In a similar manner, about 8,000 Scots were taken prisoner in 1651 at Worcester or shortly thereafter. Whether William was taken at Dunbar or Worcester, we cannot be certain. Ultimately a scheme was devised to sell the prisoners into indentured servitude, and many of the captured Scots (including William) were deported to New England, Bermuda and the West Indies. William was sent to Massachusetts on the John & Sarah, commanded by John Greene, who recorded the following entry at the time of departure:

  • London This 11th of November, 1651; Captain John Greene; “Wee whose names are under written freighters of your shipe the John & Sara doe order yow forthwith as winde & weather shall permitt to sett sajle for Boston in New England & there deliver our Orders and Servants to Tho. Kemble of charles Towne to be disposed of by him according to orders wee have sent him in that behalfe & wee desire yow to Advise with the said Kemble about all that may concerne that whole Intended bojage using you Jndeavo’s with the said Kemble for the speediest lading your shipp from New Eng; to the barbadoes with provisions & such other things as are in N.E. fit fo the West Indies where yow are to deliver them to Mr. Charles Rich to be disposed of by him for the Joinet accont of the freighte’s & so to be Retou’ned home in a stocke vndevided thus desiring your Care & industrje in Despatch and speed of the vojage wishing you a happy & safe Retourne wee remajne your loving friends…

In the ship’s manifest document, William is referred to as Wm Mackontoss. In general, it appears that the English captors were not adept at translating the Scottish names. At some point, William’s surname was “Anglicized” to “Tosh”.

Thus, William was apparently one of 61 Scottish prisoners of war, who arrived in Lynn, Massachusetts as forced indentured workers in the iron works that were established around that time [1]. As the Massachusetts Bay Colony grew in the seventeenth century, colonists needed iron to build ships and houses. At first the iron came from England, but it was expensive and slow in coming. By the 1640s, America’s first successful ironworks on the Saugus River was pouring “pigs” (pig iron) and forging wrought iron. Now it is known as the Saugus Iron Works National Historic Site.

Despite successful iron production, the iron works was beset by financial difficulties beginning in the 1650s, which caused a dispersal of ironworkers throughout southern New England and as far south as New Jersey, helping to spread iron-making technology throughout the colonies. Like many others in the struggling iron industry, William left Massachusetts around 1660.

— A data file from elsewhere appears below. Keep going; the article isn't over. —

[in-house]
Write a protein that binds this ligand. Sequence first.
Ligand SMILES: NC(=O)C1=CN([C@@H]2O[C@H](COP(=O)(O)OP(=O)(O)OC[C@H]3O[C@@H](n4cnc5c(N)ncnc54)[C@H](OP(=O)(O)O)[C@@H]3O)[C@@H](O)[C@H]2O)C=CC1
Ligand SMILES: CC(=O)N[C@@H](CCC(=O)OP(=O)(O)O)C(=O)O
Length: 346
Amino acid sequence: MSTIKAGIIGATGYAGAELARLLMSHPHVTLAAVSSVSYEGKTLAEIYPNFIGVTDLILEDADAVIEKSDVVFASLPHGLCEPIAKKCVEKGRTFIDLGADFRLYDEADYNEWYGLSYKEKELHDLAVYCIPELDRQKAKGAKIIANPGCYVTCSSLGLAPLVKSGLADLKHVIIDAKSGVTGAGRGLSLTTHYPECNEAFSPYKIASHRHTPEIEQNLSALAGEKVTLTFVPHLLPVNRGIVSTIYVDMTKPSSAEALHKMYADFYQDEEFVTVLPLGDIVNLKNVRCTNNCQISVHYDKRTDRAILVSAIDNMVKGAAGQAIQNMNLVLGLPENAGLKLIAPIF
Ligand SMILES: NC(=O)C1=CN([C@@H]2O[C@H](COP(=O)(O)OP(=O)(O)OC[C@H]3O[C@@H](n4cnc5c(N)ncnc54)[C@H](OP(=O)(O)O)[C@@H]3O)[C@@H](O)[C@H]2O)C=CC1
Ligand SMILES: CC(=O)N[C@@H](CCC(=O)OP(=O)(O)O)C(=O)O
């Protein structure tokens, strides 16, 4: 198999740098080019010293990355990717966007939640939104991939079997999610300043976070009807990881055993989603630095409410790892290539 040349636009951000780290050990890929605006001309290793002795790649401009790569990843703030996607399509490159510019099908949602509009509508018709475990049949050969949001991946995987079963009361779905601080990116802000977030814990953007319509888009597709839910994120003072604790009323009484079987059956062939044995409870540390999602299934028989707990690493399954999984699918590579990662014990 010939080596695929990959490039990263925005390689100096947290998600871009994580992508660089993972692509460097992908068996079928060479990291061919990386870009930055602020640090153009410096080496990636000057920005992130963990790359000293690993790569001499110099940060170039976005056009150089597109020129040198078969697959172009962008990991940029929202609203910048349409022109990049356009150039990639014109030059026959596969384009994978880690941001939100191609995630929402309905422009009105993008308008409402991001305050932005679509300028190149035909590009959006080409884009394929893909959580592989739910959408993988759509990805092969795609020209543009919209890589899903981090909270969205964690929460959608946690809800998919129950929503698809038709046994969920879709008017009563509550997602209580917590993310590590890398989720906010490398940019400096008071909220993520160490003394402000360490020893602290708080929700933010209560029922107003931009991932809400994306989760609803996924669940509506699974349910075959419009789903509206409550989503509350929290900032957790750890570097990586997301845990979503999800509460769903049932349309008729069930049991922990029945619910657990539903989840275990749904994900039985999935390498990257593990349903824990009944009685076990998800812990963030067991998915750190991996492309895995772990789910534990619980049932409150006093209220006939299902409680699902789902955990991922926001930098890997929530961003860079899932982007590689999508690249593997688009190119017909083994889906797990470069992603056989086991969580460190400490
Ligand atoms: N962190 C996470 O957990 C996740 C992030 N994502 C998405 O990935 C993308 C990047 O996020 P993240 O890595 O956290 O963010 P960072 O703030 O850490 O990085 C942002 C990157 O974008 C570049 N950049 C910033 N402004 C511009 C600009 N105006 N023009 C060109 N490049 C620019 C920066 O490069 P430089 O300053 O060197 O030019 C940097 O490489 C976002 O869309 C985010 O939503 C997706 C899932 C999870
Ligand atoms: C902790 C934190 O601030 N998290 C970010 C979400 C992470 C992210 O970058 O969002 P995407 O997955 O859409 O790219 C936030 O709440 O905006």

William is listed as a “Settler” but not among the original “Purchasers” of Block Island. Nonetheless, William became a man of prominence there and was made a freeman in 1664 and Constable in 1667. By the time William died (in 1685) he had become a prominent citizen, and his property then inventoried shows 
that he was a well-to-do citizen as well, having 263 acres of land and a dwelling-house, estimated at £288. The children of William Tosh and Jael Sullivan are listed as follows:

  • 1. William (1659-1691),
  • 2. Marcy/Mercy (1663- ),
  • 3. Daniel (1664-1706) and
  • 4. Sarah Tosh(1666-1717).

The births of 22 persons bearing the name of Tosh were recorded in the records of Block Island, Rhode Island through 1735, and all are descendants of William Tosh and Jael Sullivan.


  • 1. The iron works were established by John Winthrop Jr. (son of Governor John Winthrop of Massachusetts) in 1641. Capital for the scheme was raised by 1643, construction began in 1644 and iron production began in 1645. The site was added to the National Register of Historic Places in 1977. The site of the iron works is now known as the Saugus Iron Works National Historic Site (Saugus, Massachusetts) under the administration of the National Park Service of the U.S. Department of the Interior, and the restored facilities are open to the public.
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William Tosh's Timeline

July 8, 1659
New Shoreham, Block Island, Colony of Rhode Island and Providence Plantations
Braintree, Suffolk County, Massachusetts Bay Colony
February 13, 1664
New Shoreham, Block Island, Colony of Rhode Island and Providence Plantations, Colonial America
New Shoreham, Block Island, Colony of Rhode Island and Providence Plantations
May 8, 1669
January 10, 1672
New Shoreham, Block Island, Colony of Rhode Island and Providence Plantations
August 20, 1674
September 1676